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The Transportation Security Administration is preparing for a high volume of passengers during the Independence Day holiday

The Transportation Security Administration is preparing for a high volume of passengers during the Independence Day holiday

The Transportation Security Administration is preparing for a high volume of passengers during the Independence Day holiday

Tuesday, June 25, 2024

Reading time: 4 minutes

As airline passengers prepare for the Independence Day holiday, the Transportation Security Administration (TSA) is bracing for a period of high passenger volumes. TSA anticipates screening more than 32 million people from Thursday, June 27 through Monday, July 8, marking a 5.4 percent increase over 2023 holiday travel volumes. On Sunday, June 23, TSA set a record by screening nearly 3 million (2.99 million) people in a single day. This summer’s record travel volume underscores the critical role of TSA and the Department of Homeland Security (DHS) in securing the nation’s transportation systems while ensuring the freedom of movement of people and commerce that is vital to the nation’s economic well-being our.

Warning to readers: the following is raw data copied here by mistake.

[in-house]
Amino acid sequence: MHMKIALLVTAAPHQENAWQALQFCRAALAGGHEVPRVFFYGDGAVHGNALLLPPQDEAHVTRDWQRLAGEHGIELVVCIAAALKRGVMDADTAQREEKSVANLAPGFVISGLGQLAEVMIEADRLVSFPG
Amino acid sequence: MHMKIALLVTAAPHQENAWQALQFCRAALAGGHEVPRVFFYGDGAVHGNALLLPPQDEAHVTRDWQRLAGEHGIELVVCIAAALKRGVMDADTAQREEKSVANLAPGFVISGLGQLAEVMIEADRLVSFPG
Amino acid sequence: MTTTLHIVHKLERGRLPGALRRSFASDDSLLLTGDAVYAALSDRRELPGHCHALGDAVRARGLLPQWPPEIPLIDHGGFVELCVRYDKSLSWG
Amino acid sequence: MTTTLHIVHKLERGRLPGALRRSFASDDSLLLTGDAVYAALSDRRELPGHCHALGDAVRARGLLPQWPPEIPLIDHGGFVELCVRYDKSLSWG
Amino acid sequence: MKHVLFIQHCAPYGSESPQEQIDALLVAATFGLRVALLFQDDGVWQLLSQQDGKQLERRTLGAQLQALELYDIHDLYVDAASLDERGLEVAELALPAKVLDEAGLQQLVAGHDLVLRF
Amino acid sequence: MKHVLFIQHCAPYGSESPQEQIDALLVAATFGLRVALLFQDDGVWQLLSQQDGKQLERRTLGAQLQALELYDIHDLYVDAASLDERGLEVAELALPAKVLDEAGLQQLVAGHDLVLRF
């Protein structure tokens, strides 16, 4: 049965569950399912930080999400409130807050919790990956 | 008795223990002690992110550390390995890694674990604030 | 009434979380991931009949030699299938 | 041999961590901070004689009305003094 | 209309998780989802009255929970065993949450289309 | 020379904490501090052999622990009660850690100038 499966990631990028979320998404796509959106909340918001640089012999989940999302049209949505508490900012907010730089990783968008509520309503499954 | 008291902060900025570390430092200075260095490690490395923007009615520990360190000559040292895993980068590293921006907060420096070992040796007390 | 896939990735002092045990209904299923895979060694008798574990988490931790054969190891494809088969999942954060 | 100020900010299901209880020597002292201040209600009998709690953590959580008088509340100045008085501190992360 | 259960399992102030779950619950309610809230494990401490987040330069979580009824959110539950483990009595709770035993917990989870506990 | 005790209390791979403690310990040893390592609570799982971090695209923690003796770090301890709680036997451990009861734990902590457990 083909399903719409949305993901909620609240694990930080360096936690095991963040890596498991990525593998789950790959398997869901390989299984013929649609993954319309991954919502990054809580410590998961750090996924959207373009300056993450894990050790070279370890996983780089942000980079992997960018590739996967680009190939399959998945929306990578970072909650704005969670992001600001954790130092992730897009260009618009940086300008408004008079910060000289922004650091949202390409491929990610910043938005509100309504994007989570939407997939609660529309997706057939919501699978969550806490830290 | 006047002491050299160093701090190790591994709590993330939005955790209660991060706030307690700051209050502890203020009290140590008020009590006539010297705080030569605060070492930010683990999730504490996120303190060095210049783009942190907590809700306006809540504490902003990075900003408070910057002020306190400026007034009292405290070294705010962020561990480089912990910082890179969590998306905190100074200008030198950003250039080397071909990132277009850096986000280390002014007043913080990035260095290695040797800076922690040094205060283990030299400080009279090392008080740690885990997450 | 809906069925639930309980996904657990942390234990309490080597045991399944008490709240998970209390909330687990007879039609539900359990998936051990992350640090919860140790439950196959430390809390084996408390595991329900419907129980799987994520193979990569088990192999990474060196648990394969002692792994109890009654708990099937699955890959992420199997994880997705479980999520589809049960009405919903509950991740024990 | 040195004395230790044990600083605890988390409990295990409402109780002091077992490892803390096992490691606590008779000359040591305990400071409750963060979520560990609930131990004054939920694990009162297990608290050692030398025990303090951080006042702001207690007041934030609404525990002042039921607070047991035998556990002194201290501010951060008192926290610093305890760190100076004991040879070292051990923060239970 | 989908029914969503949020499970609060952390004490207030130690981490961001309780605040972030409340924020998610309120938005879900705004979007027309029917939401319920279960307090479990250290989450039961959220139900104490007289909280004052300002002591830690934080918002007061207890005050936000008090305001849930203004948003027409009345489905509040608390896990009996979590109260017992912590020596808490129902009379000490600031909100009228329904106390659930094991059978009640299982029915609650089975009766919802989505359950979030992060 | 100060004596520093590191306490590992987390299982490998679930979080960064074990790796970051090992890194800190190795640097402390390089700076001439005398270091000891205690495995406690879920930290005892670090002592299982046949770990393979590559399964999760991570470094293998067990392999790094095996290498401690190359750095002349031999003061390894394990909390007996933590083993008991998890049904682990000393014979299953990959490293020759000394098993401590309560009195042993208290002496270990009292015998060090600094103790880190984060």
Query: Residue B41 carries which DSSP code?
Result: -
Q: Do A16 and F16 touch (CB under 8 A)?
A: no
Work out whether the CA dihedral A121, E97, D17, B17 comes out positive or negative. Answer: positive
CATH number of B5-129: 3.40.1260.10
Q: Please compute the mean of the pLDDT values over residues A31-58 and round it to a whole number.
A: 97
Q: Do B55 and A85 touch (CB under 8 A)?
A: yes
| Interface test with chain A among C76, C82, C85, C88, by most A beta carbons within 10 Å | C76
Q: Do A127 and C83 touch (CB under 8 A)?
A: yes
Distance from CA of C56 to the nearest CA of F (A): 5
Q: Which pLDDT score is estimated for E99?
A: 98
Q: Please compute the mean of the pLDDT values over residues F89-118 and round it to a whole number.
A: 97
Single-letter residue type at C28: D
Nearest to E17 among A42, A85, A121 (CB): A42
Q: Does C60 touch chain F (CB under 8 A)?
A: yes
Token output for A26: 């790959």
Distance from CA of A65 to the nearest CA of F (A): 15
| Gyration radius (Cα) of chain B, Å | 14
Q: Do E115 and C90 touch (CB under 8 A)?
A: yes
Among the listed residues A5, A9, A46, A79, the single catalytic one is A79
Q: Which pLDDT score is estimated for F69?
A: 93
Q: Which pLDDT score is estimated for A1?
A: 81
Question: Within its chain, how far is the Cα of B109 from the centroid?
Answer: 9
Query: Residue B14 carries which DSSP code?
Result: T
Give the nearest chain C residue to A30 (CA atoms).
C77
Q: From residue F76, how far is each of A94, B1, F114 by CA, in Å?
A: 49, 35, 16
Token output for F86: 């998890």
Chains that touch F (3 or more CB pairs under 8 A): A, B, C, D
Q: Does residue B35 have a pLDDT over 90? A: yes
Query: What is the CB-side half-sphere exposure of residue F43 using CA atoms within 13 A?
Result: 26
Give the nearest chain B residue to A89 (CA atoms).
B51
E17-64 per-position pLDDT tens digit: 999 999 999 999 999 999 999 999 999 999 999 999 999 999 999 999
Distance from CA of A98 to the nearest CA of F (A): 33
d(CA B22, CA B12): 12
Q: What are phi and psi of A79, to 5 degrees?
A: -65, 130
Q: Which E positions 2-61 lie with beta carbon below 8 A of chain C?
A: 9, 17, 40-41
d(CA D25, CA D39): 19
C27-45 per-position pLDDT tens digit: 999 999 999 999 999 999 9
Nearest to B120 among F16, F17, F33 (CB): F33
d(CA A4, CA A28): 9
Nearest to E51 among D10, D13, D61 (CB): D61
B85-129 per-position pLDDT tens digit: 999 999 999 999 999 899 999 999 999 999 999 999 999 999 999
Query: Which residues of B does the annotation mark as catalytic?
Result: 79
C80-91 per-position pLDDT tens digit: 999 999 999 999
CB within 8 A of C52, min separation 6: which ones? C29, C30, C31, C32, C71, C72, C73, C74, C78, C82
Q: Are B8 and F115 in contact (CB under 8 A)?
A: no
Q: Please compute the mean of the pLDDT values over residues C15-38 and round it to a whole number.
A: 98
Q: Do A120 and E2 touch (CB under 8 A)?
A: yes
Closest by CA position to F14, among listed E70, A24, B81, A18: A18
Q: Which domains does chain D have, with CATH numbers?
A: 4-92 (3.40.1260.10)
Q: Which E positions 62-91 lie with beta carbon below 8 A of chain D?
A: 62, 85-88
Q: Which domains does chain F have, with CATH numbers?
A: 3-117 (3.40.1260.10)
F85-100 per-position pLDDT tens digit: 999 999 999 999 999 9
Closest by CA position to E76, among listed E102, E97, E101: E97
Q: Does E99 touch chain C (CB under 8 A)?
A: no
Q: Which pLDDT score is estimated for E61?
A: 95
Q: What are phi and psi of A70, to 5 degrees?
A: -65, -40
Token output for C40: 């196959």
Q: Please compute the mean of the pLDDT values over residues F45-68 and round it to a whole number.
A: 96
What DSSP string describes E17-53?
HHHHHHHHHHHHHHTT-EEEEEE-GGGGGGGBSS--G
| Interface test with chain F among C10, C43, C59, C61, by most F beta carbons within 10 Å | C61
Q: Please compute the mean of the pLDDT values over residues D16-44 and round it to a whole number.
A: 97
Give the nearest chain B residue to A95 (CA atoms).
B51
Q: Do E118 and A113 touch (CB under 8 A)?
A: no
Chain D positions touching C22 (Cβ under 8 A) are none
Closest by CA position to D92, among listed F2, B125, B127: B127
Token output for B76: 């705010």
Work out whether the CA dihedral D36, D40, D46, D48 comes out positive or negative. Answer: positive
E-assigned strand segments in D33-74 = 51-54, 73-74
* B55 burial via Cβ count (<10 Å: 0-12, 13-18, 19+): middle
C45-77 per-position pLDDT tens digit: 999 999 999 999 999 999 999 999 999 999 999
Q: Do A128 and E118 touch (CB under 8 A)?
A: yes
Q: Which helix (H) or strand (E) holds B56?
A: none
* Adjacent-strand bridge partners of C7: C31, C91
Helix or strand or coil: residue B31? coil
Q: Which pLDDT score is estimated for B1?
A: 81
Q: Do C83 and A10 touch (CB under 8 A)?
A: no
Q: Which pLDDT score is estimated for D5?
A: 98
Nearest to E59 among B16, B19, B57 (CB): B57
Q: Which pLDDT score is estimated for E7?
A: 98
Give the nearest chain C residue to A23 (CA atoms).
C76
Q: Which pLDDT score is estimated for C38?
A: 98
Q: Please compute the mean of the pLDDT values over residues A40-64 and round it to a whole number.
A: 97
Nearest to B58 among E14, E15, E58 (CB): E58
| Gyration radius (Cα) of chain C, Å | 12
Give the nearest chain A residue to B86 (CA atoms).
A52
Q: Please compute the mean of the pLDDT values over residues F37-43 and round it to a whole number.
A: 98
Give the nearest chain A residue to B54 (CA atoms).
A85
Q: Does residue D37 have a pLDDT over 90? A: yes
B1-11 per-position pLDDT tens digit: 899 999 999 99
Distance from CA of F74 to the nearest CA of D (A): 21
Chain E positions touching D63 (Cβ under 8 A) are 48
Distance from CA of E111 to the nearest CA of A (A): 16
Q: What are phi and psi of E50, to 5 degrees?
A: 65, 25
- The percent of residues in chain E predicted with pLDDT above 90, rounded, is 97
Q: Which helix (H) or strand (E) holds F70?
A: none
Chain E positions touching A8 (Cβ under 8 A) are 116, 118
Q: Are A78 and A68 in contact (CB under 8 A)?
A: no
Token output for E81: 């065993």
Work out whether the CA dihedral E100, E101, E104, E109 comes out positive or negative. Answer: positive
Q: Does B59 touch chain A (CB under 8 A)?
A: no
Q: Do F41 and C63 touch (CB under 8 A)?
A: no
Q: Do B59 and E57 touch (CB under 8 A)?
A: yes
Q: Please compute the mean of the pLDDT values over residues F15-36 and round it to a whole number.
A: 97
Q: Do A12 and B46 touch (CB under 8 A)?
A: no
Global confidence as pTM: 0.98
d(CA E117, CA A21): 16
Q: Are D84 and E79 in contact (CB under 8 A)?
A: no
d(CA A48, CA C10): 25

TSA expects the peak day to be Friday, June 28, with more than 3 million people expected to go through screening. TSA is staffed to meet its wait time standards of 10 minutes or less at TSA PreCheck lanes and 30 minutes or less at standard screening lanes. Notably, seven of the top 10 busiest travel days ever occurred in the past month.

“We expect this summer to be our busiest on record, and summer travel typically peaks around the Independence Day holiday,” said TSA Administrator David Pekoske. “Compared to last year, we have cut our attrition rates by nearly half and increased recruitment as a result of the TSA Compensation Plan, which was funded in the budget approved by Congress and signed by President Biden. The traveling public is on the move, which is a sign of a healthy economy. We are ready, together with our airline and airport partners, to handle this increase in passenger volume.”